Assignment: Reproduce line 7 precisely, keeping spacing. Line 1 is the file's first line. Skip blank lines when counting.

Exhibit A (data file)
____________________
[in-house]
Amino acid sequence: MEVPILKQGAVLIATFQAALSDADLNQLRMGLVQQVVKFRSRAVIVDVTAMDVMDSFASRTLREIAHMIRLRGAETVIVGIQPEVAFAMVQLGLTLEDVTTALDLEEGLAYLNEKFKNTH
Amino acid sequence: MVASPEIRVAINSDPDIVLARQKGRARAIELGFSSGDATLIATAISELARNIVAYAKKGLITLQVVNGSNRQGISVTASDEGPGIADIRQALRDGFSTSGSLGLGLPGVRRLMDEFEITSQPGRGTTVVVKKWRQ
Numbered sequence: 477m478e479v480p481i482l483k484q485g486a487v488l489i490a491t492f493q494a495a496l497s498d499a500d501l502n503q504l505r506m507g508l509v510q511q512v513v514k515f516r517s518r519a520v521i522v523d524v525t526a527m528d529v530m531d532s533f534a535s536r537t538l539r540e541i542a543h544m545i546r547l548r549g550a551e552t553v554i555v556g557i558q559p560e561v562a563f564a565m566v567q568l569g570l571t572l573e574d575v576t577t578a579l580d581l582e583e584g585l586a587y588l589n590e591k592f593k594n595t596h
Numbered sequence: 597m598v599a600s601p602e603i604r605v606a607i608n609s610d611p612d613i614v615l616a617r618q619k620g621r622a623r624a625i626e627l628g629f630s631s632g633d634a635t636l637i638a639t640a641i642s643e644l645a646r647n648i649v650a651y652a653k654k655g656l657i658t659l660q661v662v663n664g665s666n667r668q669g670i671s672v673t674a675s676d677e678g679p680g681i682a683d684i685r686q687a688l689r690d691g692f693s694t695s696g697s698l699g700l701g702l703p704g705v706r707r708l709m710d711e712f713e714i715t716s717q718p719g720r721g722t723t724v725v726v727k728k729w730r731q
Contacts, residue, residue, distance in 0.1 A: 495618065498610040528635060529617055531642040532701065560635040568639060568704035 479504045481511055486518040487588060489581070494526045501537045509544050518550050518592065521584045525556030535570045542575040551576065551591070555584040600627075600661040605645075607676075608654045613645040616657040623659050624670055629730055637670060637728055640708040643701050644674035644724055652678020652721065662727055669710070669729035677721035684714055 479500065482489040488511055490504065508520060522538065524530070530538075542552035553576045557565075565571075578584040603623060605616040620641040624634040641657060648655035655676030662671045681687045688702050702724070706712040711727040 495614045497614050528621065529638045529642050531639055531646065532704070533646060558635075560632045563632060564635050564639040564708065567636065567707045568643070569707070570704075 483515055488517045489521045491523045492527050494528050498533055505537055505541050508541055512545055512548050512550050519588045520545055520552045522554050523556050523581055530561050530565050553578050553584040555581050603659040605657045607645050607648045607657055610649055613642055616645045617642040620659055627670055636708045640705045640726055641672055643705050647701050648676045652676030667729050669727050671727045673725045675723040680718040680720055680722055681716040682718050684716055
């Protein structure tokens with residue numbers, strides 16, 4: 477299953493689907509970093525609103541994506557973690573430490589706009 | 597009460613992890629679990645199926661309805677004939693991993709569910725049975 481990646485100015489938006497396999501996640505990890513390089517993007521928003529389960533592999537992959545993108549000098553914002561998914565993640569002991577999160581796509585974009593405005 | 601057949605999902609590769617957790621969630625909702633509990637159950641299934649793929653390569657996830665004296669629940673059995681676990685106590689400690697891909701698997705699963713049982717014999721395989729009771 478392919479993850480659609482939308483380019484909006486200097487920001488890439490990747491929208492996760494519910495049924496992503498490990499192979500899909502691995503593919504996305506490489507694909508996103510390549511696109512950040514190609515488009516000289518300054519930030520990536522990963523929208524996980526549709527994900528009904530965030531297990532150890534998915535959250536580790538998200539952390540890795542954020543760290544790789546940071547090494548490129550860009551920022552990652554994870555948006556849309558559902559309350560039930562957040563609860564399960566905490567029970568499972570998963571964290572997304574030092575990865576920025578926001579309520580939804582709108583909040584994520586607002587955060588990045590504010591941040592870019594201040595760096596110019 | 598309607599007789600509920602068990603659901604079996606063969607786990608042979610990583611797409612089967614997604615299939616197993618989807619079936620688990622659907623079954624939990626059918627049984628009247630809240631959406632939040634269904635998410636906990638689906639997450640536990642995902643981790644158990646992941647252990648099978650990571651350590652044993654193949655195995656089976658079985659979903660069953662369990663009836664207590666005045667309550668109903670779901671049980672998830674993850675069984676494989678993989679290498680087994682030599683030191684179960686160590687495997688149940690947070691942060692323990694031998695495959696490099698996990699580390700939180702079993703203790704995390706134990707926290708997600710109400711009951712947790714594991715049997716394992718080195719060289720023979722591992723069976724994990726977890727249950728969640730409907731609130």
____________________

């Protein structure tokens with residue numbers, strides 16, 4: 477299953493689907509970093525609103541994506557973690573430490589706009 | 597009460613992890629679990645199926661309805677004939693991993709569910725049975 481990646485100015489938006497396999501996640505990890513390089517993007521928003529389960533592999537992959545993108549000098553914002561998914565993640569002991577999160581796509585974009593405005 | 601057949605999902609590769617957790621969630625909702633509990637159950641299934649793929653390569657996830665004296669629940673059995681676990685106590689400690697891909701698997705699963713049982717014999721395989729009771 478392919479993850480659609482939308483380019484909006486200097487920001488890439490990747491929208492996760494519910495049924496992503498490990499192979500899909502691995503593919504996305506490489507694909508996103510390549511696109512950040514190609515488009516000289518300054519930030520990536522990963523929208524996980526549709527994900528009904530965030531297990532150890534998915535959250536580790538998200539952390540890795542954020543760290544790789546940071547090494548490129550860009551920022552990652554994870555948006556849309558559902559309350560039930562957040563609860564399960566905490567029970568499972570998963571964290572997304574030092575990865576920025578926001579309520580939804582709108583909040584994520586607002587955060588990045590504010591941040592870019594201040595760096596110019 | 598309607599007789600509920602068990603659901604079996606063969607786990608042979610990583611797409612089967614997604615299939616197993618989807619079936620688990622659907623079954624939990626059918627049984628009247630809240631959406632939040634269904635998410636906990638689906639997450640536990642995902643981790644158990646992941647252990648099978650990571651350590652044993654193949655195995656089976658079985659979903660069953662369990663009836664207590666005045667309550668109903670779901671049980672998830674993850675069984676494989678993989679290498680087994682030599683030191684179960686160590687495997688149940690947070691942060692323990694031998695495959696490099698996990699580390700939180702079993703203790704995390706134990707926290708997600710109400711009951712947790714594991715049997716394992718080195719060289720023979722591992723069976724994990726977890727249950728969640730409907731609130």